The third trimester of pregnancy can be quite a challenge for expecting mums. Your body goes through extreme changes all of a sudden, which can cause several issues. General pain and discomfort can lead to insomnia. Weight gain, the increased need to urinate, and pressure of the foetus on your joints, muscles, and blood flow can influence your sleep. Sleep-related changes during the third trimester can make everyday tasks harder to manage. They can also cause other problems like preeclampsia and preterm birth.
Studies show that sleep problems in late pregnancy can also result in longer labour times or caesarean sections. Hence, a good night’s sleep is extremely important for you and the well-being of your baby. To help you sleep better, you need to know how your sleep has changed and what you can do about it.
Causes of insomnia in late pregnancy
- Back pain and discomfort
More than half of pregnant women suffer from lower back pain, often accompanied by sore muscles. Sleep disturbance due to back pain is more common in pregnant women with higher levels of anxiety and depression.
- Sleep apnoea and snoring
During pregnancy, a significant number of women develop snoring or sleep apnoea issues. While this condition is usually benign, it can be a warning sign of more severe health conditions. Sleep apnoea can increase the risk of maternal morbidity and is correlated with gestational diabetes. Snoring is correlated with higher blood pressure levels and preeclampsia.
- General sleep disruption
Insomnia in late pregnancy is commonly caused by depression, anxiety, foetal kicking, night-time awakening, disturbing dreams, and pain and discomfort due to the baby bump. Expecting mums also experience sleep disruption due to frequent bathroom breaks caused by foetal weight against the bladder.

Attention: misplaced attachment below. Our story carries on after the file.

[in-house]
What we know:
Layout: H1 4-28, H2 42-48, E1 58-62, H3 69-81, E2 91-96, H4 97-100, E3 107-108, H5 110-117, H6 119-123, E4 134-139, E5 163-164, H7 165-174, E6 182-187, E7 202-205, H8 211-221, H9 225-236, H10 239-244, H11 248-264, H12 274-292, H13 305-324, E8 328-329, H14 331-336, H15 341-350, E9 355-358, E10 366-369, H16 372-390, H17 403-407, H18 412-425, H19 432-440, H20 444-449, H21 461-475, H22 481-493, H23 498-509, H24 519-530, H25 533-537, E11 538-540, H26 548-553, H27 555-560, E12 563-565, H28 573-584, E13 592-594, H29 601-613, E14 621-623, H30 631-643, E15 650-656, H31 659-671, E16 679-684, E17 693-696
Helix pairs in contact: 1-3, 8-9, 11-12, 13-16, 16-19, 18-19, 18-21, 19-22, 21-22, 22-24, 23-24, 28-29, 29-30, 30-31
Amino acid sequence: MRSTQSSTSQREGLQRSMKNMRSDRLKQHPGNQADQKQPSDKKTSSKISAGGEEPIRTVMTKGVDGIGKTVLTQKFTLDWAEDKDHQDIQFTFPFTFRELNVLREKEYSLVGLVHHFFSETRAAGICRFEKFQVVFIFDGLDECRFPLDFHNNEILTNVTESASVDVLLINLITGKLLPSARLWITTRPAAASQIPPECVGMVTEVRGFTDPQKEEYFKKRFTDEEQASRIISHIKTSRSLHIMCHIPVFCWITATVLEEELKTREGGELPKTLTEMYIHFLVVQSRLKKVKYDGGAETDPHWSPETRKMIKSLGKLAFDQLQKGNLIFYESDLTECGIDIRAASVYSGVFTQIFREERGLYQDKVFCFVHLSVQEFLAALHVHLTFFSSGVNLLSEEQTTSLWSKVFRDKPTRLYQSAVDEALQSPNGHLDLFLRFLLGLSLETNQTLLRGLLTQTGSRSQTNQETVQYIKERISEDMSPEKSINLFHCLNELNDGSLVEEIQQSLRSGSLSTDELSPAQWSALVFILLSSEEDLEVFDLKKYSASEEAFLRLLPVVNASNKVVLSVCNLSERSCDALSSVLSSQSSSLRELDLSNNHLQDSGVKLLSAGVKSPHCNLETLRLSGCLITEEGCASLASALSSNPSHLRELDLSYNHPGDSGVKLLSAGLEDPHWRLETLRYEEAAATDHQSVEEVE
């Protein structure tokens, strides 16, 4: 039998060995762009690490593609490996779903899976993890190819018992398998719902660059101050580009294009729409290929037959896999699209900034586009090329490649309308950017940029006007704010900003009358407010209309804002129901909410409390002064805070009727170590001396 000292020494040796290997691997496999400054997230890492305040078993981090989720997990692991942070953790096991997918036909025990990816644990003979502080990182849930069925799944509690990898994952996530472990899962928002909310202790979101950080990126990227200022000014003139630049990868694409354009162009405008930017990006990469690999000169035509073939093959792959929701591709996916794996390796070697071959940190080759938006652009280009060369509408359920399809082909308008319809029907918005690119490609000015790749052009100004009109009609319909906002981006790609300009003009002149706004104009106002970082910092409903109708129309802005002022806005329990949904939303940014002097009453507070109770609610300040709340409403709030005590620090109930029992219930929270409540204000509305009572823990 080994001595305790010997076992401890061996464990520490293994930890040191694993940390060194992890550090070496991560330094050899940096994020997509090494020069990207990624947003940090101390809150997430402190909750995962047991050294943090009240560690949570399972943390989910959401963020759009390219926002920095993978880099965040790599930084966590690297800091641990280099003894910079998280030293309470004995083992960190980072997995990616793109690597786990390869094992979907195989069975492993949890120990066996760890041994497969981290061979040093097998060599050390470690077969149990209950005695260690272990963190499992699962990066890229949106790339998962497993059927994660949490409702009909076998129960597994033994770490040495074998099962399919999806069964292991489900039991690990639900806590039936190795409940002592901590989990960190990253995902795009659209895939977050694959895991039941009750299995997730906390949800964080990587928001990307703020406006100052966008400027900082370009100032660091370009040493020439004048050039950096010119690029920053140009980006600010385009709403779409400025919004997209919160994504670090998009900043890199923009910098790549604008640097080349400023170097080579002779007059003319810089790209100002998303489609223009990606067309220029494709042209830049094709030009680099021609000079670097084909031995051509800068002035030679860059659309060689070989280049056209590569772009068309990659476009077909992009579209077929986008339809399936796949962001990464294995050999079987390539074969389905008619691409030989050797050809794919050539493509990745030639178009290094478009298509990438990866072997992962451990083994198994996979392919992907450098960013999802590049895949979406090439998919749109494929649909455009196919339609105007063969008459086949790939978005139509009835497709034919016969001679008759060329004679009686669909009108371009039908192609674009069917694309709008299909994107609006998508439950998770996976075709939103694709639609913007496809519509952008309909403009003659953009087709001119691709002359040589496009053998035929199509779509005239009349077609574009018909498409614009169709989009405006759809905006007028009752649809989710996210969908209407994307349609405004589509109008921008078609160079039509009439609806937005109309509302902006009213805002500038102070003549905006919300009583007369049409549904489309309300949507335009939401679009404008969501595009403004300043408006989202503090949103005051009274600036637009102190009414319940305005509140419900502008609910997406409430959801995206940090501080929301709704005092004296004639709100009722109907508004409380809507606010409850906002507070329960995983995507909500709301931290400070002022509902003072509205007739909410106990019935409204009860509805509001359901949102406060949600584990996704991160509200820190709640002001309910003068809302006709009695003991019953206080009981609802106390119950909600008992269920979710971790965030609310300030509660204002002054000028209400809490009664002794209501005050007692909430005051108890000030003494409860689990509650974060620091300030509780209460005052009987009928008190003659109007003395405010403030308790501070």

In late pregnancy, your digestive system slows down. This causes the digestive acids to come back up, causing a burning sensation in your chest. Many mums-to-be develop heartburn in the last trimester, making it harder for them to sleep.
- Leg cramps
Research shows that 33% of pregnant women find it harder to sleep due to Restless Leg Syndrome. In the third trimester, mums-to-be often experience uncomfortable sensations that cause an irresistible urge to move their legs. It happens more often when the body is at rest, making it hard to fall asleep. Several women also experience night-time leg cramps.
Tips to sleep better
Expecting mums can sleep a lot better during the third trimester by following good sleep hygiene, safer sleeping positions, and the recommended intake of vitamins and minerals. In addition to that, small changes in your routine can help you get a good night’s sleep.
Avoid exercising in the late afternoon or evening to prevent leg cramps.
Take a warm bath before bed to relax your mind and body.
Prepare for a good sleep by keeping your bedroom cool and dark.
Avoid distractions in your bedroom. Leave the TV off and avoid using cell phones before going to bed.
Sleep on your left side. It improves the blood flow to your uterus.
Use extra pillows to support your body. Prop a pillow between the legs, tuck it into the small of your back, or lay it under your belly to get better support.
Prevent heartburn by eating smaller meals and avoid eating right before bed.
Light stretching exercises or mineral and vitamin supplements can help you deal with leg cramps or restless leg syndrome. Consult with your GP before taking any medications.
Avoid fatty and spicy foods.
Stay hydrated during the day and avoid drinking water before bed.
When nothing else works, compensate for the lost night-time sleep by taking short naps during the day.